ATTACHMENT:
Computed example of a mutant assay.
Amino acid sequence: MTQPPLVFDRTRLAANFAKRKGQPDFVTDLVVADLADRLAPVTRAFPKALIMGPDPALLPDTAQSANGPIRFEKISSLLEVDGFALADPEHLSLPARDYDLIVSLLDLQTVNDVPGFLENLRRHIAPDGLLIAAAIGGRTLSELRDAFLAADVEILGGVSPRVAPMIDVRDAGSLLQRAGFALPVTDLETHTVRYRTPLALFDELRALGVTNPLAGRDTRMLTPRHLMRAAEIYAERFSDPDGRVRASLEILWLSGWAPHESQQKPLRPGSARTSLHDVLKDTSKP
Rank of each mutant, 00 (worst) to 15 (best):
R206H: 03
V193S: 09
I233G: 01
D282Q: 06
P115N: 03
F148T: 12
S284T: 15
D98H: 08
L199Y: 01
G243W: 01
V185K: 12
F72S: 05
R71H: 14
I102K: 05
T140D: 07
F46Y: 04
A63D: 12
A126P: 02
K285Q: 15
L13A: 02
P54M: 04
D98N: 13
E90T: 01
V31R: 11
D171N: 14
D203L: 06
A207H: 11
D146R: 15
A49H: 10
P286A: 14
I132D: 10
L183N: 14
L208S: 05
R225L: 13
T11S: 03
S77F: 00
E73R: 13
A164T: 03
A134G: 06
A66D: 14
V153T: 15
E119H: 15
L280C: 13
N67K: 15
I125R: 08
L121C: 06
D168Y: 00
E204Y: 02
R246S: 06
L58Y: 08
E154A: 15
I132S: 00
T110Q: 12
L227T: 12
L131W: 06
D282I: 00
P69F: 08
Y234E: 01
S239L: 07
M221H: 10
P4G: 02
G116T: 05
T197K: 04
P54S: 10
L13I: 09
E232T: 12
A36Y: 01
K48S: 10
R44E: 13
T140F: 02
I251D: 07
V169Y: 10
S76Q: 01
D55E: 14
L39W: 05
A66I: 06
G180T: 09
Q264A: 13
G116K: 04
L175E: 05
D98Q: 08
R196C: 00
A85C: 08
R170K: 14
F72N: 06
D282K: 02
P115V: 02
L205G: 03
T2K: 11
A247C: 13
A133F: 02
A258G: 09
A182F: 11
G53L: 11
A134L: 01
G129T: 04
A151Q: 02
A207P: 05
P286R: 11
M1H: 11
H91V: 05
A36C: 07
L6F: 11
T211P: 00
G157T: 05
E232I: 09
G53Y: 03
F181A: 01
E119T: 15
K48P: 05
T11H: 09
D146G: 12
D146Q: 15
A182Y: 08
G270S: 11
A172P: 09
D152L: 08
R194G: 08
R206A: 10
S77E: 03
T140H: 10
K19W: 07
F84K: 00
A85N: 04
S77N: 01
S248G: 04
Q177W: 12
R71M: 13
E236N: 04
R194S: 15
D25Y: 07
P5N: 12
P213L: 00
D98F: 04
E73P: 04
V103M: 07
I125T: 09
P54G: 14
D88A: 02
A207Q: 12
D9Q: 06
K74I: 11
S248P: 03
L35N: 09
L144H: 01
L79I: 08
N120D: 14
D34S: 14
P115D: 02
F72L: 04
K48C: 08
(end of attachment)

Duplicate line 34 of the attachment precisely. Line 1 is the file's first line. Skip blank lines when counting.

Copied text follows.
I132D: 10